Food commodity markets were created to protect farmers from price swings given unpredictable weather and other outside forces that impact crop yield. While these markets were originally developed for the benefit of those involved in the production of food, over the last 10 years deregulation has enabled speculators looking for quick returns to hedge in these markets, at times, causing volatility that creates food price spikes. Given the millions across the globe living with food insecurity, ICCR members seek to educate investors in food commodities markets about the dangers of over-speculation to ensure their investments don't have unintended consequences.
Featured ICCR Initiatives
Commodity Investing by Institutional Investors: An Agent-Principal Conflict. ICCR hosted this webinar by Mike Masters and David Frank in December of 2013 for investors. NOTE: you'll be asked to register before viewing.
Hedging Against Hunger: ICCR hosted a webinar illustrating the risks of over-speculation in food commodities, highlighting how the practice leads to dangerous spikes in global food prices. Listen as multiple stakeholders share their insights (Note: webinar must be viewed in the web browser Internet Explorer to function properly).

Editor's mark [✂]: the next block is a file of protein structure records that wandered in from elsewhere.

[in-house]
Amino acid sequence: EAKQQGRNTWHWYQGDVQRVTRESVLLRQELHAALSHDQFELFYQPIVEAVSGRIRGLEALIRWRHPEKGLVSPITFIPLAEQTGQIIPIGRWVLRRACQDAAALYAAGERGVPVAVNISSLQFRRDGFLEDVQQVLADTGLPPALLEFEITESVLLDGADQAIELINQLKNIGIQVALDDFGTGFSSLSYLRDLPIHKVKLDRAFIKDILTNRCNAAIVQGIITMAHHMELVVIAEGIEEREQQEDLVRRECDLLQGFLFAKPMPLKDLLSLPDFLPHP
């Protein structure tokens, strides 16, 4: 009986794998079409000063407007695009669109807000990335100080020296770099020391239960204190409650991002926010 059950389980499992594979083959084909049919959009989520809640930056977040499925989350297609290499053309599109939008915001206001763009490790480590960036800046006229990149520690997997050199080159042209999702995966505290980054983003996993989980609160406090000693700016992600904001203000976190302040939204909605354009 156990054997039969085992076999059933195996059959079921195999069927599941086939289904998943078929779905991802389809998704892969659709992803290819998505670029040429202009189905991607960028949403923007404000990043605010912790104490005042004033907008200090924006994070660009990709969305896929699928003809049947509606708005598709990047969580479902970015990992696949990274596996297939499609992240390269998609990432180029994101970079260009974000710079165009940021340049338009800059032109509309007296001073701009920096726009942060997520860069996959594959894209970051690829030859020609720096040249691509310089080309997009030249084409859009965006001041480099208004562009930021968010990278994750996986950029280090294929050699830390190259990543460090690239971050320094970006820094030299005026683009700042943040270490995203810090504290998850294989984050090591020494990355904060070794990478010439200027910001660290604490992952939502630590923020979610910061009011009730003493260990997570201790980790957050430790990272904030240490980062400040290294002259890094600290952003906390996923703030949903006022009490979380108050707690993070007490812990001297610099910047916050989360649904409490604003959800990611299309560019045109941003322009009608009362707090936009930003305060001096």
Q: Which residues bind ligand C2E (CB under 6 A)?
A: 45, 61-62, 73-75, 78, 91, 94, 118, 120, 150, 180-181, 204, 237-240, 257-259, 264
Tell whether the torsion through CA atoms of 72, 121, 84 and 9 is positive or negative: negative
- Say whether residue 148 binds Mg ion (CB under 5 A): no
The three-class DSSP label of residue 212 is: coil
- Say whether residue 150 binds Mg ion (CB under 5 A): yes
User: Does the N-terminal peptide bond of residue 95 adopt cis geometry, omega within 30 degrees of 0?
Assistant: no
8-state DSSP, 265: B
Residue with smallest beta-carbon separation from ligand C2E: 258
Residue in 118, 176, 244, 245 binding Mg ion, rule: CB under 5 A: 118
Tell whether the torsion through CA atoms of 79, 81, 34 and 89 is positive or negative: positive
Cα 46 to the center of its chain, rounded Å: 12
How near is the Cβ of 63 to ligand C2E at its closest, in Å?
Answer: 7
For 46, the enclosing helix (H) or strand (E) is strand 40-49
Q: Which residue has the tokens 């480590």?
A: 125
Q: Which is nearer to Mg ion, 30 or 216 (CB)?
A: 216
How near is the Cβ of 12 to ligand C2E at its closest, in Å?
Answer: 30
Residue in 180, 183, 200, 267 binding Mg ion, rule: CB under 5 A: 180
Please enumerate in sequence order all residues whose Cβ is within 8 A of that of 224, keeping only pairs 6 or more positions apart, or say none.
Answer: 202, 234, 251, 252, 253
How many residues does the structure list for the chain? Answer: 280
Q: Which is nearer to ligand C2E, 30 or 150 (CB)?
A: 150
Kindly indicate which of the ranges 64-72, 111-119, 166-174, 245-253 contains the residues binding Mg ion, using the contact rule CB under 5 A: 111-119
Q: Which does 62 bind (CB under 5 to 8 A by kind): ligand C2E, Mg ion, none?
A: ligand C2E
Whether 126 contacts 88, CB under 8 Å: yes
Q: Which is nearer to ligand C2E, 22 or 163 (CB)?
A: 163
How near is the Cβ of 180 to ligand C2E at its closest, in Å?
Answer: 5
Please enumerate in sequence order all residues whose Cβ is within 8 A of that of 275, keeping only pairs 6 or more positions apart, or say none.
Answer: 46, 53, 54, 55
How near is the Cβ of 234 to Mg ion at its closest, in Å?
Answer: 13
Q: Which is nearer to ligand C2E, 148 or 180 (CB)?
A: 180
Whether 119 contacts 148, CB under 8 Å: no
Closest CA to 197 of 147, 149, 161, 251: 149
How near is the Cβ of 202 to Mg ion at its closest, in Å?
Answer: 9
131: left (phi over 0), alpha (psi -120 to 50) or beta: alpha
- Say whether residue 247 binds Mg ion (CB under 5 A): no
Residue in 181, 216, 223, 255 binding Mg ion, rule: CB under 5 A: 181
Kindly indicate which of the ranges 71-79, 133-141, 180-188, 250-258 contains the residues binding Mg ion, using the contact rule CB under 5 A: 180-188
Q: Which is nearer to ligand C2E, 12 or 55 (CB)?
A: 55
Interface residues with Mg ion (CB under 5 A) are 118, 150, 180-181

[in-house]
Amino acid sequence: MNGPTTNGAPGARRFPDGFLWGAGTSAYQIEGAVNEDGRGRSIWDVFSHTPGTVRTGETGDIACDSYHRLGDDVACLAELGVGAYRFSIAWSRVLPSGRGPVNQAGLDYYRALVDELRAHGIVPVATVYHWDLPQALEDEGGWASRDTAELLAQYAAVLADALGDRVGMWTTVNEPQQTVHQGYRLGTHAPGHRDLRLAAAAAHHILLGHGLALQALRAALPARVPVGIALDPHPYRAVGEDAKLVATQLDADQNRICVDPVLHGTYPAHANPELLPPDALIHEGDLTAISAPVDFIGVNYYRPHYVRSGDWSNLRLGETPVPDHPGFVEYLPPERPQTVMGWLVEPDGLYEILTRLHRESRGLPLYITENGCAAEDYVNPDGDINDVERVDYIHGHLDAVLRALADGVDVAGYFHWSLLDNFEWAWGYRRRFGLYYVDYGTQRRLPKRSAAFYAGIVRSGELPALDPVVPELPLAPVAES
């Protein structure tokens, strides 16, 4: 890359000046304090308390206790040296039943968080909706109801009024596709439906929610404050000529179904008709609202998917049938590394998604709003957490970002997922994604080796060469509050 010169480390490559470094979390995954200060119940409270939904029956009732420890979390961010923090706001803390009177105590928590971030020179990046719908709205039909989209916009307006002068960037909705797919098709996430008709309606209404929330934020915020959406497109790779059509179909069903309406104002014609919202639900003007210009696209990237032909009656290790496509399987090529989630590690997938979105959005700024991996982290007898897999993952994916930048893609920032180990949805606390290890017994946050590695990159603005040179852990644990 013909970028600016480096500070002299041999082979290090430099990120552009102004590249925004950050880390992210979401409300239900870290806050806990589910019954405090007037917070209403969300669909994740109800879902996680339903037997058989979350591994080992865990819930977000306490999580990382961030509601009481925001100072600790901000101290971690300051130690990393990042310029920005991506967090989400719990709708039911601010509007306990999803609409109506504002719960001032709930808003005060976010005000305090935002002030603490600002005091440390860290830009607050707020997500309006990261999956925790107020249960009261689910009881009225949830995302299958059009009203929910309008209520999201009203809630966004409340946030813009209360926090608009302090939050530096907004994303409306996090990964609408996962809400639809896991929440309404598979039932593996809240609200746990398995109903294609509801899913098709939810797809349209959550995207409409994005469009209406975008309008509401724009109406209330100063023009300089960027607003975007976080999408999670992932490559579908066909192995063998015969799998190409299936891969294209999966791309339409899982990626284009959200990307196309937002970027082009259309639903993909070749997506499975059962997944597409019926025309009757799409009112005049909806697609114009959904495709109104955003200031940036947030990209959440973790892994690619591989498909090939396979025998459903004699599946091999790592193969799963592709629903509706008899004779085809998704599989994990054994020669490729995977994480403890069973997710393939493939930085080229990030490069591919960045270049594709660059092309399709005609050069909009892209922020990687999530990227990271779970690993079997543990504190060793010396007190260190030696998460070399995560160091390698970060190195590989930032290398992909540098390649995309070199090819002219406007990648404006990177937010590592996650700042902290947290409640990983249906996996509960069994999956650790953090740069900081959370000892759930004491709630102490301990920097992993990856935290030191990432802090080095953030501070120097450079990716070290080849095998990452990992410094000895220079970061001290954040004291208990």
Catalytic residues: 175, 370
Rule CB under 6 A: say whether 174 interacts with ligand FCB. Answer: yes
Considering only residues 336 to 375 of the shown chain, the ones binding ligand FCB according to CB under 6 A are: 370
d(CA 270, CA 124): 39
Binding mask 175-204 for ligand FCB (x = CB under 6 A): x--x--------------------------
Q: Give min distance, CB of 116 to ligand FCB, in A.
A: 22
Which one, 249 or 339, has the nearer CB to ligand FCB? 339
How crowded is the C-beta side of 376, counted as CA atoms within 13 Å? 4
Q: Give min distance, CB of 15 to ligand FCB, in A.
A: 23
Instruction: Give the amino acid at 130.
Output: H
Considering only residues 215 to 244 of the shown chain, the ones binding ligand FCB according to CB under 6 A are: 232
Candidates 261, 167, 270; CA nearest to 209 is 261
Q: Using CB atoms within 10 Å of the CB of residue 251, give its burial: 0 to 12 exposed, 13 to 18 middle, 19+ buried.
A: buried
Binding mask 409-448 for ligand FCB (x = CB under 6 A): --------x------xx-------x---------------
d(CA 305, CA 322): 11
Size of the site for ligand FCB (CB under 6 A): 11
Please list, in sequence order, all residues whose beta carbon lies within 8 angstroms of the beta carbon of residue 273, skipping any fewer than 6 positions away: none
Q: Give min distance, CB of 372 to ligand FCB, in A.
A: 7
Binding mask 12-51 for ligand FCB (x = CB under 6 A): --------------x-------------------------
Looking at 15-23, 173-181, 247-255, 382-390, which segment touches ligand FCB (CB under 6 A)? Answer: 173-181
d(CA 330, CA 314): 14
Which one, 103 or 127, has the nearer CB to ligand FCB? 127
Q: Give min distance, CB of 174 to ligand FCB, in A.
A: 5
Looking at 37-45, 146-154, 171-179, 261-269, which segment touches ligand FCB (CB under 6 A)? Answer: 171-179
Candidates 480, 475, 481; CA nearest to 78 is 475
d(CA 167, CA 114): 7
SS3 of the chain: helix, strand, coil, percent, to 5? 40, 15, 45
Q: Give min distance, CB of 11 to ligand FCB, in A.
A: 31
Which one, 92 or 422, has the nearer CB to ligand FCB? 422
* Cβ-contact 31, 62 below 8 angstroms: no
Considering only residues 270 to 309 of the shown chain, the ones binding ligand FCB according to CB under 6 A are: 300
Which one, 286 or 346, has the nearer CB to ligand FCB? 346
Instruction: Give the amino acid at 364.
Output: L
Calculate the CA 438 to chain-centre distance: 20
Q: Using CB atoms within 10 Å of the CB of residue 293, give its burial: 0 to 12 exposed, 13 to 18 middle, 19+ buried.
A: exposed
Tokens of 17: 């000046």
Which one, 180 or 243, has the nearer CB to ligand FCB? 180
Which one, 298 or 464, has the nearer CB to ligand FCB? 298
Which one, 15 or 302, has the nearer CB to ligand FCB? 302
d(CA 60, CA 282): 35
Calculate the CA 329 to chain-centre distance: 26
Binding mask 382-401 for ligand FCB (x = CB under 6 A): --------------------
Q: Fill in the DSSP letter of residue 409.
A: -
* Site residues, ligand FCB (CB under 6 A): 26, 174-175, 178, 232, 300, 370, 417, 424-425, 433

If you represent an institution, this draft resolution on responsible food commodities investments may be of interest to your investment committee.
ICCR's Principles for Responsible Investment in Food Commodities: ICCR's guidelines for institutional investors looking to responsibly invest in commodities.
Oxfam Briefing Document, Sugar Rush: Land rights and the supply chains of the biggest food and beverage companies.
Stop Gambling on Hunger: Excessive Speculation in Commodity Markets Is Driving Up Prices and Harming Commercial Producers and Consumers - Better Markets
Featured Best Practice
Coca-Cola declares "zero tolerance" for land grabs in its supply chain. Press release details the company's public commitments on land grabbing.
DZ Bank and Union Investment: The DZ Bank Group has chosen to exit from food speculation and is calling for strict regulation of soft-commodity markets.